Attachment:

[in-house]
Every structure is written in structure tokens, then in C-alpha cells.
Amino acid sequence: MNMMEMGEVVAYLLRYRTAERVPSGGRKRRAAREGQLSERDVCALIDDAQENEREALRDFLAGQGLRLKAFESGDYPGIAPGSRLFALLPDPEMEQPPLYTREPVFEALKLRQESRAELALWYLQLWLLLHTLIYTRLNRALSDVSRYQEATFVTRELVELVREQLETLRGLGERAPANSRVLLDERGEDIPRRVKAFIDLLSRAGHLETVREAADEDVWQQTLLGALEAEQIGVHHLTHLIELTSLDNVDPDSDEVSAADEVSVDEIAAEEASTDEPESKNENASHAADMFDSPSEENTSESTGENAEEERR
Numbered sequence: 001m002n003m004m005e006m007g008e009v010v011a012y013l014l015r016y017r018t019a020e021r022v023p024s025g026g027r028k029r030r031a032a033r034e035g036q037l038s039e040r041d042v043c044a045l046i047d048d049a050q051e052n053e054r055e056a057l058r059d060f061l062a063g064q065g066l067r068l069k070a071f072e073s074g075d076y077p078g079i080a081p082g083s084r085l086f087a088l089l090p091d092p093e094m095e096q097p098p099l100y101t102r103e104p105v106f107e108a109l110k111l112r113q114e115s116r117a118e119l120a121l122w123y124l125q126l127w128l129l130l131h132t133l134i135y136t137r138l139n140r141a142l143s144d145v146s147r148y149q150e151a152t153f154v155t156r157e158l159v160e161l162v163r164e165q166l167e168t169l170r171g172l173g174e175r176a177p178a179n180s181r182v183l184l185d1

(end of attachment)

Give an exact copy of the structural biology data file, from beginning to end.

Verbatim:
[in-house]
Every structure is written in structure tokens, then in C-alpha cells.
Amino acid sequence: MNMMEMGEVVAYLLRYRTAERVPSGGRKRRAAREGQLSERDVCALIDDAQENEREALRDFLAGQGLRLKAFESGDYPGIAPGSRLFALLPDPEMEQPPLYTREPVFEALKLRQESRAELALWYLQLWLLLHTLIYTRLNRALSDVSRYQEATFVTRELVELVREQLETLRGLGERAPANSRVLLDERGEDIPRRVKAFIDLLSRAGHLETVREAADEDVWQQTLLGALEAEQIGVHHLTHLIELTSLDNVDPDSDEVSAADEVSVDEIAAEEASTDEPESKNENASHAADMFDSPSEENTSESTGENAEEERR
Numbered sequence: 001m002n003m004m005e006m007g008e009v010v011a012y013l014l015r016y017r018t019a020e021r022v023p024s025g026g027r028k029r030r031a032a033r034e035g036q037l038s039e040r041d042v043c044a045l046i047d048d049a050q051e052n053e054r055e056a057l058r059d060f061l062a063g064q065g066l067r068l069k070a071f072e073s074g075d076y077p078g079i080a081p082g083s084r085l086f087a088l089l090p091d092p093e094m095e096q097p098p099l100y101t102r103e104p105v106f107e108a109l110k111l112r113q114e115s116r117a118e119l120a121l122w123y124l125q126l127w128l129l130l131h132t133l134i135y136t137r138l139n140r141a142l143s144d145v146s147r148y149q150e151a152t153f154v155t156r157e158l159v160e161l162v163r164e165q166l167e168t169l170r171g172l173g174e175r176a177p178a179n180s181r182v183l184l185d1